The query interface and search results pages truly are the only parts of a search engine that the user ever sees. Every other part of the search engine is behind the scenes, out of view of the people who use it every day. That doesn’t mean it’s not important, however. In fact, what’s in the back end is the most important part of the search engine, and it’s what determines how you show up in the front end.

If you’ve spent any time on the Internet, you may have heard a little about spiders, crawlers, and robots. These little creatures are programs that literally crawl around the Web, cataloging data so that it can be searched. In the most basic sense, all three programs — crawlers, spiders, and robots — are essentially the same. They all collect information about each and every web URL.

This information is then cataloged according to the URL at which they’re located and are stored in a database. Then, when a user uses a search engine to locate something on the Web, the references in the database are searched and the search results are returned.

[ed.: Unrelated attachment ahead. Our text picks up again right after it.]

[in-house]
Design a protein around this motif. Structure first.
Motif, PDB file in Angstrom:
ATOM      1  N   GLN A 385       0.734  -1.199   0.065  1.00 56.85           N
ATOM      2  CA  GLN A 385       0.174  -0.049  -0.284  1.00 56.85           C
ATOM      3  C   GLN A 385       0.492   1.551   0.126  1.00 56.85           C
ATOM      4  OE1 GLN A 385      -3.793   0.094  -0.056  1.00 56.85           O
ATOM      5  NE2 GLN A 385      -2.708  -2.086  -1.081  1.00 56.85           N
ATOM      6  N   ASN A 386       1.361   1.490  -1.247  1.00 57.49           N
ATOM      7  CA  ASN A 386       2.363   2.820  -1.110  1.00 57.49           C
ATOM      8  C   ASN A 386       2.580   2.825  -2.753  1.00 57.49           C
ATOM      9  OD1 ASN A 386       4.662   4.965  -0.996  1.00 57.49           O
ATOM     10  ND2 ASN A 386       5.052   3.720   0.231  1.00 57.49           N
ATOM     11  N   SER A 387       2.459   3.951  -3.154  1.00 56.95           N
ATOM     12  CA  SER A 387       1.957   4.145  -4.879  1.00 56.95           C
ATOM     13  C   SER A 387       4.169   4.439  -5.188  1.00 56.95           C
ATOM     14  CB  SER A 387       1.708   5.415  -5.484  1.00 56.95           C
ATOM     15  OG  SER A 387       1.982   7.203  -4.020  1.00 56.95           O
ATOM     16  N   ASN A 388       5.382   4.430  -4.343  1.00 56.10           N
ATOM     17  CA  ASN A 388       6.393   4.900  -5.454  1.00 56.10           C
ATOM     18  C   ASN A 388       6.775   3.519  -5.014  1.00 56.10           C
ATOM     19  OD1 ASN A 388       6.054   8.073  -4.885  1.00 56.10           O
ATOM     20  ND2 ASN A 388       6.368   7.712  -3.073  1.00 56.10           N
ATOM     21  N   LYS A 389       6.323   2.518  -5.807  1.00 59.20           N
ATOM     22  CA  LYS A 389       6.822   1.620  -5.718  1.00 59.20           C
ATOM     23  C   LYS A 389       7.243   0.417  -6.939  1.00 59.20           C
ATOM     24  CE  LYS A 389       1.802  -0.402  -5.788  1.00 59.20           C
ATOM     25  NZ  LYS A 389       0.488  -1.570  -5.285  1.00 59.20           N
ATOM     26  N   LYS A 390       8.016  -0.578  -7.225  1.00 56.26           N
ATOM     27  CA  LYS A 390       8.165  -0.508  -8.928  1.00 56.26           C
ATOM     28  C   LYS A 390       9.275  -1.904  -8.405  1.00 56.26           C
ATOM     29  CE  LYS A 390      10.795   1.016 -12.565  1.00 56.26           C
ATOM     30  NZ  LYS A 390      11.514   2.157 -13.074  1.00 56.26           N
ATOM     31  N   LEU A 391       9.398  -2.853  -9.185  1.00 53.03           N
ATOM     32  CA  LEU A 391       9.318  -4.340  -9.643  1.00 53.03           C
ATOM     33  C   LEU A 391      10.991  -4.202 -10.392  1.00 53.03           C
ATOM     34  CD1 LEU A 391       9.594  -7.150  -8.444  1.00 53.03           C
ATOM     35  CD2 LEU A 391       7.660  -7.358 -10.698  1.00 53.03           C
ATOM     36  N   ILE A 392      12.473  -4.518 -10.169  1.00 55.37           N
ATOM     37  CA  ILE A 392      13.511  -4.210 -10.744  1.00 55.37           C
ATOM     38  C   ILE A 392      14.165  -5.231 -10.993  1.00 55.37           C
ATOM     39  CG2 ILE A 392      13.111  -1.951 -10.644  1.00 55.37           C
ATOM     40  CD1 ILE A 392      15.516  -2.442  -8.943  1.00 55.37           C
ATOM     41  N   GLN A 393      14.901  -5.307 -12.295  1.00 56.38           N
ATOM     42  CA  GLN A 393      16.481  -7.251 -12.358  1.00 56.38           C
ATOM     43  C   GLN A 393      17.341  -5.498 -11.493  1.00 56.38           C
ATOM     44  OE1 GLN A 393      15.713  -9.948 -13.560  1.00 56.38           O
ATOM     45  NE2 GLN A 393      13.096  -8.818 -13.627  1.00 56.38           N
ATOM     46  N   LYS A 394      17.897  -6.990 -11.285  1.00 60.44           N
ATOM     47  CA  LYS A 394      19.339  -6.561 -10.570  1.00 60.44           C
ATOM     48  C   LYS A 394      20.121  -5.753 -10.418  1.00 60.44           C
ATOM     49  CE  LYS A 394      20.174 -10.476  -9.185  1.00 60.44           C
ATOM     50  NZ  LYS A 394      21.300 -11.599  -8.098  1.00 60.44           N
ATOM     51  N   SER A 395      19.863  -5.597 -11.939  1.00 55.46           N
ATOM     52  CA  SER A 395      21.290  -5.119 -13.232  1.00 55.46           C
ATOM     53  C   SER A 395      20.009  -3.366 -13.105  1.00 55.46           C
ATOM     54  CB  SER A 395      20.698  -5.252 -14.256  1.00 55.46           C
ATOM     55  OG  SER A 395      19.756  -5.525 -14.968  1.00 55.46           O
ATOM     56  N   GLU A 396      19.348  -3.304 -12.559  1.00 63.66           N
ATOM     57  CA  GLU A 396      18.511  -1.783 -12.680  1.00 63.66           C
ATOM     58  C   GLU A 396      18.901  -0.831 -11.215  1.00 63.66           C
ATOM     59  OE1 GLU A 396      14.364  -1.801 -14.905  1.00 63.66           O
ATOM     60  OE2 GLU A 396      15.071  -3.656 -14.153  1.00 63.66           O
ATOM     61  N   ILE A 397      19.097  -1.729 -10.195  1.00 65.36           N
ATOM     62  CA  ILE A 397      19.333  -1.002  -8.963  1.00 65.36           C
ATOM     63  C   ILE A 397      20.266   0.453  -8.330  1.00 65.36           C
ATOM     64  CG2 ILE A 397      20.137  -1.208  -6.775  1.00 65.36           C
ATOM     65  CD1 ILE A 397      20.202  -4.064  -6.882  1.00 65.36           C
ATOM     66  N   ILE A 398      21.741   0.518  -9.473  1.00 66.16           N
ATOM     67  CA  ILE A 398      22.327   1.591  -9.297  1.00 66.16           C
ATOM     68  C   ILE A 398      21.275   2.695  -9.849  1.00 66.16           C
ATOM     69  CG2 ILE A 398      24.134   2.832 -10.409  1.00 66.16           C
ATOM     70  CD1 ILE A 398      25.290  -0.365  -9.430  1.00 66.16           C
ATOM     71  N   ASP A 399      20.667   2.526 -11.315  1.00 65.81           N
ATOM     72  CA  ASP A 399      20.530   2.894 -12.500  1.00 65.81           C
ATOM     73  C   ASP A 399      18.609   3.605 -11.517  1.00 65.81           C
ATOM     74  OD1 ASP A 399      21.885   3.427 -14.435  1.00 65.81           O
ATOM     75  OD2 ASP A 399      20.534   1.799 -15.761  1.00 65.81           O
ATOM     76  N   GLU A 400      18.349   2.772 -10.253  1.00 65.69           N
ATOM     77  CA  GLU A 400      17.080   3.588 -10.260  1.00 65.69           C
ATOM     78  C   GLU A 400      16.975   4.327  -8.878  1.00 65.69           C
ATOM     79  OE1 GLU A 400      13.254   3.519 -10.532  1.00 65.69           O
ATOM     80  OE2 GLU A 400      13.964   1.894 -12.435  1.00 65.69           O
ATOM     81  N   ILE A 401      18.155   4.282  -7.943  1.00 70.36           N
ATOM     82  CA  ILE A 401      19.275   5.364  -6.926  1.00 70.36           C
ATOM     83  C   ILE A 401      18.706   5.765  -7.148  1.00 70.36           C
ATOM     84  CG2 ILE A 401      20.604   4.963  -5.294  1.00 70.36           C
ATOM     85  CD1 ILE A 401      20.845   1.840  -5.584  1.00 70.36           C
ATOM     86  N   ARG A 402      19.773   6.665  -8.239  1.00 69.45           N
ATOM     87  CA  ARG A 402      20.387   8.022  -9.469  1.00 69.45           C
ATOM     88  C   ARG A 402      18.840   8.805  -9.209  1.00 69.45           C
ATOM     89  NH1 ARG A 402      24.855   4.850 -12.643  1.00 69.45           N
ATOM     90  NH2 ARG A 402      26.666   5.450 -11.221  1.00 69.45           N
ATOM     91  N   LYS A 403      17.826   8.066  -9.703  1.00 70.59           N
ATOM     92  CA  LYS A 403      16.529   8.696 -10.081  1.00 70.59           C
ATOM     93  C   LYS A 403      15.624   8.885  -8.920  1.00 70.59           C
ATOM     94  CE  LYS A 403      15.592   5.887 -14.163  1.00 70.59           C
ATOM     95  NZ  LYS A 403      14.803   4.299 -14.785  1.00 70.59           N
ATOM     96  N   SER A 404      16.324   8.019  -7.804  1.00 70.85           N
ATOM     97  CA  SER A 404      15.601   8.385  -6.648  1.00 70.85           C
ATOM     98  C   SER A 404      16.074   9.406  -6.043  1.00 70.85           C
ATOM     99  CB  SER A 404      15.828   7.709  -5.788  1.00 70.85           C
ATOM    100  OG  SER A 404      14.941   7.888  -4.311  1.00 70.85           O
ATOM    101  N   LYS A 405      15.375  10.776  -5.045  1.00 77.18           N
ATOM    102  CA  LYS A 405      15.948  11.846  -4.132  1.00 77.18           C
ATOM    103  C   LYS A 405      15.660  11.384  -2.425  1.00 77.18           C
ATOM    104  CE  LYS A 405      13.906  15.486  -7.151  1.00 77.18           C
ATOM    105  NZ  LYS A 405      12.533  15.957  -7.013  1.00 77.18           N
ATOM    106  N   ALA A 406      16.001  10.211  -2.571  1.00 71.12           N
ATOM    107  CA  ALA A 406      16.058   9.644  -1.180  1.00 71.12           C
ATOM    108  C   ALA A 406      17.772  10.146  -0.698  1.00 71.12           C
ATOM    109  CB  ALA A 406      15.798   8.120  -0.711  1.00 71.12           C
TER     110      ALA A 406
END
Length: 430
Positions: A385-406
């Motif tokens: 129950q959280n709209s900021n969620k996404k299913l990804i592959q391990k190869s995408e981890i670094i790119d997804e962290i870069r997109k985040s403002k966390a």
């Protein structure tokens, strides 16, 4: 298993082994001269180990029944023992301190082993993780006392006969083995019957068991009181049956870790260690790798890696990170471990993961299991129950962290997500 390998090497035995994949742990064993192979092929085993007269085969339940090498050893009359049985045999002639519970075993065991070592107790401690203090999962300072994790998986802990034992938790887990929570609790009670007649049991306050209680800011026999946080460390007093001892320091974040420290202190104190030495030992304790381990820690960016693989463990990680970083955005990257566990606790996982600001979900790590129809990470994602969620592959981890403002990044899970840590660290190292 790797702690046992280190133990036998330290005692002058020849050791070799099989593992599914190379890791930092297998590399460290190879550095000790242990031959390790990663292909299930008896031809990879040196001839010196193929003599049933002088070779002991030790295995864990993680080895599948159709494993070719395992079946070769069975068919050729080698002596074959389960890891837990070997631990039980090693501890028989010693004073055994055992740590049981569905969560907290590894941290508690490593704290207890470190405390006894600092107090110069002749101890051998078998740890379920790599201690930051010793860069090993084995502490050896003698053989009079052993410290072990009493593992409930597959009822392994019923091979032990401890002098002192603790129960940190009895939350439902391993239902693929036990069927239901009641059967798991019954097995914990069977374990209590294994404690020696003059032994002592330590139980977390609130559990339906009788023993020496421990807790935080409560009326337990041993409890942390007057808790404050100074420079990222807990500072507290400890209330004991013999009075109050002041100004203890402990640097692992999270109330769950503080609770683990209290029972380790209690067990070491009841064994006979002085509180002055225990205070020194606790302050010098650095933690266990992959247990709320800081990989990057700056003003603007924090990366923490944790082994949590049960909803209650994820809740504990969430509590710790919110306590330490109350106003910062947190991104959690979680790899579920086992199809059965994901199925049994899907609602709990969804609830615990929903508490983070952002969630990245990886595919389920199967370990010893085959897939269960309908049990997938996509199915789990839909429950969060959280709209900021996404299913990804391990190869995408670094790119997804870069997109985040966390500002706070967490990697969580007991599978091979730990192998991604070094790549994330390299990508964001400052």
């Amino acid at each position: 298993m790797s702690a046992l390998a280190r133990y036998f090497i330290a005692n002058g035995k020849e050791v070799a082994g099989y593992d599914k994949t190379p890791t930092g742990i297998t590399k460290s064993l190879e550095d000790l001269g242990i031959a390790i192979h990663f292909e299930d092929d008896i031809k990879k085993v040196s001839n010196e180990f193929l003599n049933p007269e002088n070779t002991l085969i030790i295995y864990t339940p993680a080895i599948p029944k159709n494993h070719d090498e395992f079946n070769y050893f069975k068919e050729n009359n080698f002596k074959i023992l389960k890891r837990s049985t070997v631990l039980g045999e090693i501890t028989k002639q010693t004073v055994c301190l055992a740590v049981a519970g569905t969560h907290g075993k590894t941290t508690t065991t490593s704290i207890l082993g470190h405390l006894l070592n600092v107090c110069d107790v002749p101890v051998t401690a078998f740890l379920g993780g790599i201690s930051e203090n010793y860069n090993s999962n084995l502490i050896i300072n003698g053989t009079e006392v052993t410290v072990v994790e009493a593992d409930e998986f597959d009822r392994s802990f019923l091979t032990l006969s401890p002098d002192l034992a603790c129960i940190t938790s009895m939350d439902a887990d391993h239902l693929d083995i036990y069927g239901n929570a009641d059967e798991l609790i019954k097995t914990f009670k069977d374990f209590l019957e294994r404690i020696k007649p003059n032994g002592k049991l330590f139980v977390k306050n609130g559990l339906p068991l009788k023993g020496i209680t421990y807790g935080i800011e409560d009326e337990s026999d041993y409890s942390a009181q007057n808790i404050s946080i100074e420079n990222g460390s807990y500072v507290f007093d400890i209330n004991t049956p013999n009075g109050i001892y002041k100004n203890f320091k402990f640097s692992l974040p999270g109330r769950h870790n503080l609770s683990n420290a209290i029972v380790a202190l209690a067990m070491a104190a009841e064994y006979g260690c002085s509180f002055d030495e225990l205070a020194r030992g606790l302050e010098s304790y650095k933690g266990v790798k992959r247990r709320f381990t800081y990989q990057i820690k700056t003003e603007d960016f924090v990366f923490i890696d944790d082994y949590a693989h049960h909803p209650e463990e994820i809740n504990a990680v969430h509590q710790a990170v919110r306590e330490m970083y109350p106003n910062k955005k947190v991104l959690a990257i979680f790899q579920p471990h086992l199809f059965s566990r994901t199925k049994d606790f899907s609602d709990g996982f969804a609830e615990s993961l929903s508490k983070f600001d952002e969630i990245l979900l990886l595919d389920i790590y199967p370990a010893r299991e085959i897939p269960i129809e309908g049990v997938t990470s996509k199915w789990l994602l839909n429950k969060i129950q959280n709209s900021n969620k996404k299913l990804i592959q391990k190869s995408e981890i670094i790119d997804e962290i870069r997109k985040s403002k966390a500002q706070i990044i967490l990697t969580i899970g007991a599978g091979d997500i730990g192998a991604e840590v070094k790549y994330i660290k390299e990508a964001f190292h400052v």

Databases

Every search engine contains or is connected to a system of databases where data about each URL on the Web (collected by crawlers, spiders, or robots) is stored. These databases are massive storage areas that contain multiple data points about each URL.
The data might be arranged in any number of different ways and is ranked according to a method of ranking and retrieval that is usually proprietary to the company that owns the search engine.
You’ve probably heard of the method of ranking called PageRank (for Google) or even the more generic term quality scoring. This ranking or scoring determination is one of the most complex and secretive parts of SEO. How those scores are derived, exactly, is a closely guarded secret, in part because search engine companies change the weight of the elements used to arrive at the score according to usage patterns on the Web.
The idea is to score pages based on the quality that site visitors derive from the page, not on how well web site designers can manipulate the elements that make up the quality score. For example, there was a time when the keywords that were used to rank a page were one of the most important factors in obtaining a high-quality score.